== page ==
Amino acid sequences of M. musculus 4930404A10Rik (NP_083381), R. norvegicus (XP_573090), C. lupus (XP_003639413), X. tropicalis (XP_002934413) and G. gallus (XP_001234011) are derived from the NCBI protein database. H. sapiens data are derived from cDNA clones. 4930404A10Rik protein is conserved among vertebrates but it does not have any known motif except for the polo-box binding motif (blue line) in mammalian proteins. Two-hybrid assays indicate that this motif of mouse MEIKIN is important for PLK1 binding (data not shown), although the motif is apparently not conserved in Xenopus and chicken. The C-terminal sequences (red lines) are required for the kinetochore localization (see Fig. 1c).

Extended Data Figure 3 Co-localization of CENP-C and ACA in spermatocytes and MEKIN localization in oocytes.

a, Squashed spermatocytes from wild-type were immunostained for CENP-C, ACA, SYCP3 and DAPI at the indicated stages during meiosis. CENP-C and ACA signals accumulate and co-localize at centromeres after zygotene throughout meiosis. b, Chromosome spreads of oocytes from wild-type were immunostained for MEIKIN, ACA and REC8 at different meiotic stages. Zygotene from E15.5, pachytene and diplotene from E18.5 mice. c, Chromosome spreads of oocytes at metaphase I (5 h after GVBD) and metaphase II (16 h post GVBD) were stained for MEIKIN, ACA and DAPI. Scale bars, 5 μm.

Extended Data Figure 4 Generation of Meikin-knockout mice.

a, Schematic illustrations of the wild-type allele and targeted Meikin−/− allele are shown. Grey boxes represent exons. The targeted exon 4 contains the intact splicing acceptor (SA) sequence followed by a premature stop codon, resulting in disruption of the Meikin allele. Black bar probe for Southern blot. b, Southern blot of genomic DNA from wild type (+/+) and Meikin heterozygous (+/−) ES cells after Pvu II digestion. ES cell clone number 2 used to generate the mice. c, Immunoblot analysis of testis extracts prepared from mice with the indicated genotypes (4-week-old). In Meikin−/−, the specific bands probed by the anti-MEIKIN antibody are absent (shown as arrowheads). α-tubulin is a loading control. d, Testes from 12-week-old wild-type (+/+) and Meikin−/− (−/−) mice. e, Haematoxylin and eosin staining of a section of the testis (12-week-old) showed seminiferous tubules. Enlarged pictures of seminiferous tubules showed spermatocyte (black arrowheads) and spermatids (yellow arrowheads) in wild-type and Meikin−/−. Scale bar, 100 μm. f, Haematoxylin-eosin staining of epididymis from 12-week-old mice shows reduced number of sperms in Meikin−/ −. Enlarged images of sperms are shown. Scale bar, 50 μm. g, A pair of ovaries (8-week-old) from the indicated genotypes (top). Haematoxylin and eosin–stained paraffin sections of ovaries from 8-week-old wild-type and Meikin−/− mice (middle). The antral-stage follicles with oocyte nuclei are magnified (bottom). Asterisks indicate corpora lutea. Scale bar, 500 μm.

Extended Data Figure 5 The delay of anaphase I onset in Meikin−/− oocytes is suppressed by inactivation of SAC.

Oocytes from wild-type and Meikin−/− mice were cultured after GVBD in the presence of nocodazole (10 μM) or the Mps1 kinase inhibitor reversin (5 μM). The first polar body extrusion (PBE) rates are shown with mean ± s.e.m. from 3 independent experiments. The total number of oocytes is n = 27 in wild-type with nocodazole (7, 10 and 10, respectively), n = 27 for wild-type with reversine (6, 10 and 11. respectively), n = 21 for Meikin−/− with nocodazole (5, 8 and 8, respectively) and n = 23 for Meikin−/− with reversine (7, 8 and 8, respectively).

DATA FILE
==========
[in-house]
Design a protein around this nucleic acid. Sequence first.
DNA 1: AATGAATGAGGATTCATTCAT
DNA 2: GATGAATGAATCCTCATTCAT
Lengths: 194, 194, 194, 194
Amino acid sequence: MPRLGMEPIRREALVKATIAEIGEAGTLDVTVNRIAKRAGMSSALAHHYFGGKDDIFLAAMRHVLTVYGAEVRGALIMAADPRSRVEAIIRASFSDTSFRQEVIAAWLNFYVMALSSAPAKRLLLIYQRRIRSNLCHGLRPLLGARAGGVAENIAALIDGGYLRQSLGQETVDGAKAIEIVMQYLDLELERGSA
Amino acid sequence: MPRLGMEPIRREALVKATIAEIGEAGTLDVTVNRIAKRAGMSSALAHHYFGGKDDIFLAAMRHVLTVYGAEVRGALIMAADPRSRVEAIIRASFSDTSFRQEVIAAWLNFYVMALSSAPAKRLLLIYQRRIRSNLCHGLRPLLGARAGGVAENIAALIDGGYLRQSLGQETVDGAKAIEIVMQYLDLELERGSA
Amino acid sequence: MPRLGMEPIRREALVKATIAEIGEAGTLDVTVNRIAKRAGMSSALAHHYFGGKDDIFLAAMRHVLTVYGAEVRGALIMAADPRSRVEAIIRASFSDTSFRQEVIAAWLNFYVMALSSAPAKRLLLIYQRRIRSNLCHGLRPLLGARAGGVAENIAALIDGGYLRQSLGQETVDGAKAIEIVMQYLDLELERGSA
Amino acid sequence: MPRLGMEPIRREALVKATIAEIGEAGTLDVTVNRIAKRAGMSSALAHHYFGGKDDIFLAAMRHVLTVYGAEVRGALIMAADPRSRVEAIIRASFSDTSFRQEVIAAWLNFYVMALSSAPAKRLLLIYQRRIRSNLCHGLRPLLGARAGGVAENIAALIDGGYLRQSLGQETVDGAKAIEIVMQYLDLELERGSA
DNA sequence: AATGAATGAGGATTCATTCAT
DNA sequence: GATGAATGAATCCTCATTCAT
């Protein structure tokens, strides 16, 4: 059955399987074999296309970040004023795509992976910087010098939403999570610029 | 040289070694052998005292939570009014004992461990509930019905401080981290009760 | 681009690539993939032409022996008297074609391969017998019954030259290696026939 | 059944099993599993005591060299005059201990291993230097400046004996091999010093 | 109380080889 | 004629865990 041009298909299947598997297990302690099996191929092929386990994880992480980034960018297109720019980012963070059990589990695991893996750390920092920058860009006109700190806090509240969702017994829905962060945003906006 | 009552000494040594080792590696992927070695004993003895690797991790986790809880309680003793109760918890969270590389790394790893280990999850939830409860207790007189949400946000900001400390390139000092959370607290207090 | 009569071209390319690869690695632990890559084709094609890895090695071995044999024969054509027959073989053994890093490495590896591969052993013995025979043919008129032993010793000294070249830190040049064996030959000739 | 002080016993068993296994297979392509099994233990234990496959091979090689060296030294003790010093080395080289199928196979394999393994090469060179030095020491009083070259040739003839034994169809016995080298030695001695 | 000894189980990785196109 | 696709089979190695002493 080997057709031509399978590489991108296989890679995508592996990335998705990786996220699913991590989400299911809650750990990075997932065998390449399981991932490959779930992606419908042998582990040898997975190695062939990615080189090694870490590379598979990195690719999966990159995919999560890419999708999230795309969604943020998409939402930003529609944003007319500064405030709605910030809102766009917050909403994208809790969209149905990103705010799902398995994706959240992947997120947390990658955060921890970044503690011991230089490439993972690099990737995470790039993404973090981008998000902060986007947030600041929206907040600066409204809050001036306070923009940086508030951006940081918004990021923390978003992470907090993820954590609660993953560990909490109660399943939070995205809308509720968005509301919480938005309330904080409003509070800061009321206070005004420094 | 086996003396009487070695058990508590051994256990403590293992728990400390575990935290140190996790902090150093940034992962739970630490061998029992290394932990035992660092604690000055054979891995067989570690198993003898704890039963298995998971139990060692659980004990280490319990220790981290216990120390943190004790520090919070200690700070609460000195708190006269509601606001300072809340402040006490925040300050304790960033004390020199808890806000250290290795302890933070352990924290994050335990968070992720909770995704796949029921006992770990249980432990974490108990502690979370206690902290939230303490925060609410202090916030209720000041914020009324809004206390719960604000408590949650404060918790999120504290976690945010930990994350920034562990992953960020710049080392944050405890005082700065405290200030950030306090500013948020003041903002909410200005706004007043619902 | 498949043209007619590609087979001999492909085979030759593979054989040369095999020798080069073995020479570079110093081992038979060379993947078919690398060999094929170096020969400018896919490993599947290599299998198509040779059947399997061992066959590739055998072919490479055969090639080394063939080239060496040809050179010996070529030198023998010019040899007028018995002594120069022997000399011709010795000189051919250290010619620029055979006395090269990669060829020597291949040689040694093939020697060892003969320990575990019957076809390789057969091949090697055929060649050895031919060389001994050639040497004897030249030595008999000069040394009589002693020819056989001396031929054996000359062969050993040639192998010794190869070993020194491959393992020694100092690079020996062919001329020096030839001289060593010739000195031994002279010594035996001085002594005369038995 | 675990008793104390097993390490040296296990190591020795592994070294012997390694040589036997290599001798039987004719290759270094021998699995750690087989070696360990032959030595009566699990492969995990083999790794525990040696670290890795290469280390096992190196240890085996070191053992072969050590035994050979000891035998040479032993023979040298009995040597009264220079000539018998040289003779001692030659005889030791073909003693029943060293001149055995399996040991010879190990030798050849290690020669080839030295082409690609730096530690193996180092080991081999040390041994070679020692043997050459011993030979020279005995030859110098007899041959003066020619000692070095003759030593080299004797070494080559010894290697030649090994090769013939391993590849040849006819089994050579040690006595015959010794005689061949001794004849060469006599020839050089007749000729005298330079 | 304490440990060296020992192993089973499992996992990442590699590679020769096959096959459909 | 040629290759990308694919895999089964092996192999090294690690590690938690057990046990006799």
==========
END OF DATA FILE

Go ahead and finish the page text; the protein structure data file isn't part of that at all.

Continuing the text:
Extended Data Figure 6 MEIKIN is required for centromeric cohesion protection and mono-orientation in spermatocytes.

a, Squashed spermatocytes at metaphase I (Meta I) were immunostained for SGO2, ACA and DAPI. Partial z-axis projection images of aligned chromosomes are shown with magnified images of a bivalent (top). The signal intensity of SGO2 adjacent to the centromere was quantified and normalized to that of ACA. The relative intensities are shown with mean + s.e.m. from 3 independent experiments (bottom). In each experiment, 15 centromeres from a spermatocyte were quantified (n = 4 cells). b, Squashed spermatocytes at anaphase I (5 μm < segregated DNA mass distance <10 μm) from wild-type, Meikin−/− and Sgo2−/− mice were immunostained for CENP-C, REC8 and DNA (top). A pair of sister kinetochores is magnified. The distance between sister kinetochores was scored and represented in the scatter plot with median (bottom). A total of 15 kinetochores from 5 spermatocytes were measured in each group (n = kinetochore number). c, Squashed spermatocytes at prometaphase I from wild-type and Meikin−/− mice, and MEF cells at prometaphase (prometa) were immunostained for CENP-C and DNA. Pairs of sister kinetochores are magnified. The distances between sister kinetochores were scored and represented in the graph with mean + s.e.m. from three independent experiments (right). Note that, MEF cells sample preparation and sister kinetochore distance measurements were performed same methods with spermatocytes. In each experiment, 10 kinetochores were measured in a cell (n = 5 cells). *P < 0.05, *** P < 0.001, **** P < 0.0001, unpaired t-test (ac). Scale bars, 5 μm (unless otherwise indicated).